Monday, 23 January 2017
Last updated 2 days ago
Mar 27 2009 | 12:03pm ET
Sovereign wealth funds have not escaped the effects of the global downturn, and some have seen their total assets fall considerably as a result of the drop in value of their investments.
But a new Prequin report says that the aggregate assets under management for sovereign wealth funds currently stands at $3.22 trillion, which although is not as big a growth as we have seen in previous years, still represents a 6% increase from a year ago when the figure stood at $3.05 trillion.
This growth is primarily due to the reclassification of China’s US$312 billion SAFE Investment Company as a sovereign wealth fund following its purchase of a number of public and private equity interests in 2008. Khazakstan has also formed a new fund—the US $29 billion Samruk Kazyna National Welfare Fund over the course of 2008, whileKorea is one of the existing funds that has boosted the assets of its SWF over the past year. These funds have counteracted the effects of declining total assets of some SWFs that have suffered as a result of poor investment returns in the wake of the global economic downturn.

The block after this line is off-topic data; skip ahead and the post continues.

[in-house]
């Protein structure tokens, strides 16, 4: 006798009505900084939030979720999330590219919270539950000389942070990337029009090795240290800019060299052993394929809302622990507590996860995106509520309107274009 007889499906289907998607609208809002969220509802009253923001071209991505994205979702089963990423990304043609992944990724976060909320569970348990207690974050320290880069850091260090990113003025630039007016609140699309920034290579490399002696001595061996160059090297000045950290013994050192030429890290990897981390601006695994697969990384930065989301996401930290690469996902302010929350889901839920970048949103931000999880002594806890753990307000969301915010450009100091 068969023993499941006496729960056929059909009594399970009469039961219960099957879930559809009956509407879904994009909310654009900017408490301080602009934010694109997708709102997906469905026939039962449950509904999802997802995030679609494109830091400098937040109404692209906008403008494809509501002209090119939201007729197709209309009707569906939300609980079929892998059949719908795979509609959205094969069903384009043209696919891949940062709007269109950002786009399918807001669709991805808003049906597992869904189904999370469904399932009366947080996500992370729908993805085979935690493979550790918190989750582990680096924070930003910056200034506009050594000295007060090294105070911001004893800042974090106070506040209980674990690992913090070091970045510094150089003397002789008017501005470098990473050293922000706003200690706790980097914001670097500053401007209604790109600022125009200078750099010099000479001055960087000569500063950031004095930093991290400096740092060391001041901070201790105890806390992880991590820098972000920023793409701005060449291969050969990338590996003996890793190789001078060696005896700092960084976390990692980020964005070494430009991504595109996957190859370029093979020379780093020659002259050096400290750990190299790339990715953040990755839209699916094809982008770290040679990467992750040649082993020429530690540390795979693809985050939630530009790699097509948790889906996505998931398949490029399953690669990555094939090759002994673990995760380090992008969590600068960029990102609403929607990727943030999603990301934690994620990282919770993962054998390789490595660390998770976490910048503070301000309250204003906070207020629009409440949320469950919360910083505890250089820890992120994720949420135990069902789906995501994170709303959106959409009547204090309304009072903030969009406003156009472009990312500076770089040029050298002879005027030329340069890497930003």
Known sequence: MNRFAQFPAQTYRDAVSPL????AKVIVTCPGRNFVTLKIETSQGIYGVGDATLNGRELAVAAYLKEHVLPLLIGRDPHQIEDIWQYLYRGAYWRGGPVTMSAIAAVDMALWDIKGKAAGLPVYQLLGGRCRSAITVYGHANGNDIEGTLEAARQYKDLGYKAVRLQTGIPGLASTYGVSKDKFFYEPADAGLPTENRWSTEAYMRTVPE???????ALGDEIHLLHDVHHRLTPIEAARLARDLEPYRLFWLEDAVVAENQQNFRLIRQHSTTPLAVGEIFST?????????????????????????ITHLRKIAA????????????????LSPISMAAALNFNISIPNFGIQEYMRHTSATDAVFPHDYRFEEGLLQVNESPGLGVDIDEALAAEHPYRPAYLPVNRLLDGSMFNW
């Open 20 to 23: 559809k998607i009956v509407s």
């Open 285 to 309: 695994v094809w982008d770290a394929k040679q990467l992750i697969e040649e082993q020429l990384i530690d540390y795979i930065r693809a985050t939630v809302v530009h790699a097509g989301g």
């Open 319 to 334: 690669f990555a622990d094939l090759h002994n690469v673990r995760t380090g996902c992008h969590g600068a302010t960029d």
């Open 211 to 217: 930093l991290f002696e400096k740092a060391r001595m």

So what are SWFs Investing in? While the majority of the capital is invested in stocks and bonds, SWFs carved out a 49% allocation to private equity and 38% to hedge funds.
“When the enormous collective total assets of sovereign wealth funds are considered, the potential effect that these investors can have on every area of finance becomes clear,” said Tim Friedman, head of publications at Preqin.
“Other institutional investors such as pension funds have been holding back on making new investments, and with traditional sources of financing drying up, and many industries desperate for a cash injection, sovereign wealth funds will be a vitally important source of capital in 2009. They will also be well positioned to take advantage of opportunities that arise as a result of the global downturn, and we have already seen an interest from SWFs in alternatives funds focusing on distressed markets, and also in the private equity secondaries market.”